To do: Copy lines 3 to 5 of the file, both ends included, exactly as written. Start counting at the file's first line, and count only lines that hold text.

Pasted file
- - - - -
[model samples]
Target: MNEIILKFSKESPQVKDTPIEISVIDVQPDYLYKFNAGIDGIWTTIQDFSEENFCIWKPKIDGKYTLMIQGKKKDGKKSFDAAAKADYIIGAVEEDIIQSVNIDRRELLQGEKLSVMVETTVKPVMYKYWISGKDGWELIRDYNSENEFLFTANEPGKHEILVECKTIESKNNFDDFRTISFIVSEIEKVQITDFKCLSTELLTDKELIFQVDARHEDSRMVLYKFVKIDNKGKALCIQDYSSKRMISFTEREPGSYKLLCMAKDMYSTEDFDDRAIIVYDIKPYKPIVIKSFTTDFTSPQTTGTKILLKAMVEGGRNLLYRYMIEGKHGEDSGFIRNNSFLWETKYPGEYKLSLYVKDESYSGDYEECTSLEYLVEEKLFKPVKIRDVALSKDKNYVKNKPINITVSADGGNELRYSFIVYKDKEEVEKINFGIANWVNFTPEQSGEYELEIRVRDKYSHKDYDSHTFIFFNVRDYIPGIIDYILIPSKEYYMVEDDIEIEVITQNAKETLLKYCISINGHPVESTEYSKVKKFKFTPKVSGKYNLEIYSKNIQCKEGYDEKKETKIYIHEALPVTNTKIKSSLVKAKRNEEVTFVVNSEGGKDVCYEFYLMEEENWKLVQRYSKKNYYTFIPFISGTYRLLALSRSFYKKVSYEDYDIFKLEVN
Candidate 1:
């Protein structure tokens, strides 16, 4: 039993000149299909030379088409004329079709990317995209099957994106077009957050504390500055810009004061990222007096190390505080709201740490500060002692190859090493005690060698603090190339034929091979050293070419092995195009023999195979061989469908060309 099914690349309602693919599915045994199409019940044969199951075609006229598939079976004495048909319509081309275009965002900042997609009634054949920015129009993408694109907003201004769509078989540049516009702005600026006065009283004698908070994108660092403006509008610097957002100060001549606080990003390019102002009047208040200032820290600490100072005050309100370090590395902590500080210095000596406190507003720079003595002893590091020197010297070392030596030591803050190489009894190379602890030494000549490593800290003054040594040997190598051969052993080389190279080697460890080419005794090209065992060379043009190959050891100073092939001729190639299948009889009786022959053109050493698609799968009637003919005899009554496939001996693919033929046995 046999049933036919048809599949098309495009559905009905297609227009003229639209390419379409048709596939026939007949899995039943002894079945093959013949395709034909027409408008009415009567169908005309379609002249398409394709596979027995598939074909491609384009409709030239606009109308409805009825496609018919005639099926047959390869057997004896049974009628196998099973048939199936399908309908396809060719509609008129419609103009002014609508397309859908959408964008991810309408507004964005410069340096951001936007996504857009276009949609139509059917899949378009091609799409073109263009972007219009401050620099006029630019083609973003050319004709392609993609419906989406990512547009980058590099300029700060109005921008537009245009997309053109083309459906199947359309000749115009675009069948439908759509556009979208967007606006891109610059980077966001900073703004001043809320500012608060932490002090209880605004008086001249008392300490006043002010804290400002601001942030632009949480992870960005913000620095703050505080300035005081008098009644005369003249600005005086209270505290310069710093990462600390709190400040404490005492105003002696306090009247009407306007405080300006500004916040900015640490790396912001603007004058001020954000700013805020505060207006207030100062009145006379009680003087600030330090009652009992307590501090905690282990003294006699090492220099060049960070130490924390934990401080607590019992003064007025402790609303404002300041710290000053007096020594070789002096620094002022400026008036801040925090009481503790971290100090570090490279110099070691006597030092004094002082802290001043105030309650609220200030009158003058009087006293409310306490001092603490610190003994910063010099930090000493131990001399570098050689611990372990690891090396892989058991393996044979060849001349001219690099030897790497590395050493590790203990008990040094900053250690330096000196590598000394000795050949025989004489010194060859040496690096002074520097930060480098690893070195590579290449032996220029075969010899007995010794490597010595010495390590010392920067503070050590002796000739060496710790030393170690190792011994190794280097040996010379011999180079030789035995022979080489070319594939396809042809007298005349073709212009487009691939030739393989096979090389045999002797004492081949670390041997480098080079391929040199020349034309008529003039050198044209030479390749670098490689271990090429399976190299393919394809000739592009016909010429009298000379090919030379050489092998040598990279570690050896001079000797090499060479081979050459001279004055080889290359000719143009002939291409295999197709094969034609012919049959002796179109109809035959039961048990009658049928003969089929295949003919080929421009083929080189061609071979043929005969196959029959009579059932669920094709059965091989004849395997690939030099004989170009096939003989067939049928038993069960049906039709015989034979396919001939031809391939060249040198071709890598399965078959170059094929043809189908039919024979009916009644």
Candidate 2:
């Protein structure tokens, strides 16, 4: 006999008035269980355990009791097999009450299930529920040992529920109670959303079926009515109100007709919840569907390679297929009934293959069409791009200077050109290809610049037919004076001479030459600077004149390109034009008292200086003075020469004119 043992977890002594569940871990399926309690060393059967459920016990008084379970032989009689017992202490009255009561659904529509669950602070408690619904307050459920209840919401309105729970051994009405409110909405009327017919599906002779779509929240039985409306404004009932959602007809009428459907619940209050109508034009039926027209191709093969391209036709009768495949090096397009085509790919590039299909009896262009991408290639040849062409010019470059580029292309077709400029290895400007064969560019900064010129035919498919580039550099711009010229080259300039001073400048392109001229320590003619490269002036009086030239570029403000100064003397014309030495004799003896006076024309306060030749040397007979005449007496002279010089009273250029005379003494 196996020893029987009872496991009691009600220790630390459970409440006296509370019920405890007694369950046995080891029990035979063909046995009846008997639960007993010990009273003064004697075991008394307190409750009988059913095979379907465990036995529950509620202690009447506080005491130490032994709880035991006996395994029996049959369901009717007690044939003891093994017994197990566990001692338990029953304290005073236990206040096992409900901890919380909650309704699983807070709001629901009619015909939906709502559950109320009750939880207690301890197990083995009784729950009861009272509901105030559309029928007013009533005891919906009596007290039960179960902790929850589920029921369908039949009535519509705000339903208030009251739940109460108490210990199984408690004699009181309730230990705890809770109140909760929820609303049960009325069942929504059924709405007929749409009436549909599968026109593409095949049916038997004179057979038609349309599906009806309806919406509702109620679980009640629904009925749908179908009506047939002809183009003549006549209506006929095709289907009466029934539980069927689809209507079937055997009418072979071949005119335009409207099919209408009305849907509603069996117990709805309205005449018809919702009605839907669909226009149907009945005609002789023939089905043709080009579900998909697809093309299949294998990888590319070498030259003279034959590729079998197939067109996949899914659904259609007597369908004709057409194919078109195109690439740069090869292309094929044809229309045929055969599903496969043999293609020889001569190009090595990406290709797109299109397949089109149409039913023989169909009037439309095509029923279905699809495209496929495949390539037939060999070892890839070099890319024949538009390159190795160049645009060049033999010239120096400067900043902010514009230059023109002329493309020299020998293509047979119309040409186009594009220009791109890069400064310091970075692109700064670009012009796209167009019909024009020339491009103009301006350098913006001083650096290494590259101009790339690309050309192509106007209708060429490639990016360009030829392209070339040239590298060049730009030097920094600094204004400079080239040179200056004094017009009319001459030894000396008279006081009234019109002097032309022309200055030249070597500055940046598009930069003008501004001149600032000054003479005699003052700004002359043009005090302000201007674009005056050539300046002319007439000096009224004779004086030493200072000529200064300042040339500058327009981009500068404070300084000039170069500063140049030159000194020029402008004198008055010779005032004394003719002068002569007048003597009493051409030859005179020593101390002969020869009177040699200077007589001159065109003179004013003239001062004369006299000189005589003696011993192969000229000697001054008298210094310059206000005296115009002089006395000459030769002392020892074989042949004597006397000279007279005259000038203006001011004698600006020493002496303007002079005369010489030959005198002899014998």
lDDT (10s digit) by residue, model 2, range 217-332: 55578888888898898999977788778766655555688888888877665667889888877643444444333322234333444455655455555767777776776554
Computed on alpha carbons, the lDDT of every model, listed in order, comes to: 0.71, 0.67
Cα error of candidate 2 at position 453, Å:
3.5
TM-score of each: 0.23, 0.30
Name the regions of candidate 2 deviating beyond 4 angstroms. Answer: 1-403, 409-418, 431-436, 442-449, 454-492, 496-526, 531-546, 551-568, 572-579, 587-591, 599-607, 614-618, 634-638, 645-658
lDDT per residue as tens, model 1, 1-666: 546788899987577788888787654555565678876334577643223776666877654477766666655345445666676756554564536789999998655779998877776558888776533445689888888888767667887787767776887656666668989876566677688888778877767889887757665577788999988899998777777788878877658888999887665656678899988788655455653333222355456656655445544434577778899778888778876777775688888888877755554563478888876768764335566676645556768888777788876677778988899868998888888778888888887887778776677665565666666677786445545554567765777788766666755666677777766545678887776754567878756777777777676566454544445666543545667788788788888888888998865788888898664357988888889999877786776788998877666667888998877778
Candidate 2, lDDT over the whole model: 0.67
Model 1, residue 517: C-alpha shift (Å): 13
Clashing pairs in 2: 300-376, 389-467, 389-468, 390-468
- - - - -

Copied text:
Candidate 1:
């Protein structure tokens, strides 16, 4: 039993000149299909030379088409004329079709990317995209099957994106077009957050504390500055810009004061990222007096190390505080709201740490500060002692190859090493005690060698603090190339034929091979050293070419092995195009023999195979061989469908060309 099914690349309602693919599915045994199409019940044969199951075609006229598939079976004495048909319509081309275009965002900042997609009634054949920015129009993408694109907003201004769509078989540049516009702005600026006065009283004698908070994108660092403006509008610097957002100060001549606080990003390019102002009047208040200032820290600490100072005050309100370090590395902590500080210095000596406190507003720079003595002893590091020197010297070392030596030591803050190489009894190379602890030494000549490593800290003054040594040997190598051969052993080389190279080697460890080419005794090209065992060379043009190959050891100073092939001729190639299948009889009786022959053109050493698609799968009637003919005899009554496939001996693919033929046995 046999049933036919048809599949098309495009559905009905297609227009003229639209390419379409048709596939026939007949899995039943002894079945093959013949395709034909027409408008009415009567169908005309379609002249398409394709596979027995598939074909491609384009409709030239606009109308409805009825496609018919005639099926047959390869057997004896049974009628196998099973048939199936399908309908396809060719509609008129419609103009002014609508397309859908959408964008991810309408507004964005410069340096951001936007996504857009276009949609139509059917899949378009091609799409073109263009972007219009401050620099006029630019083609973003050319004709392609993609419906989406990512547009980058590099300029700060109005921008537009245009997309053109083309459906199947359309000749115009675009069948439908759509556009979208967007606006891109610059980077966001900073703004001043809320500012608060932490002090209880605004008086001249008392300490006043002010804290400002601001942030632009949480992870960005913000620095703050505080300035005081008098009644005369003249600005005086209270505290310069710093990462600390709190400040404490005492105003002696306090009247009407306007405080300006500004916040900015640490790396912001603007004058001020954000700013805020505060207006207030100062009145006379009680003087600030330090009652009992307590501090905690282990003294006699090492220099060049960070130490924390934990401080607590019992003064007025402790609303404002300041710290000053007096020594070789002096620094002022400026008036801040925090009481503790971290100090570090490279110099070691006597030092004094002082802290001043105030309650609220200030009158003058009087006293409310306490001092603490610190003994910063010099930090000493131990001399570098050689611990372990690891090396892989058991393996044979060849001349001219690099030897790497590395050493590790203990008990040094900053250690330096000196590598000394000795050949025989004489010194060859040496690096002074520097930060480098690893070195590579290449032996220029075969010899007995010794490597010595010495390590010392920067503070050590002796000739060496710790030393170690190792011994190794280097040996010379011999180079030789035995022979080489070319594939396809042809007298005349073709212009487009691939030739393989096979090389045999002797004492081949670390041997480098080079391929040199020349034309008529003039050198044209030479390749670098490689271990090429399976190299393919394809000739592009016909010429009298000379090919030379050489092998040598990279570690050896001079000797090499060479081979050459001279004055080889290359000719143009002939291409295999197709094969034609012919049959002796179109109809035959039961048990009658049928003969089929295949003919080929421009083929080189061609071979043929005969196959029959009579059932669920094709059965091989004849395997690939030099004989170009096939003989067939049928038993069960049906039709015989034979396919001939031809391939060249040198071709890598399965078959170059094929043809189908039919024979009916009644």
Candidate 2: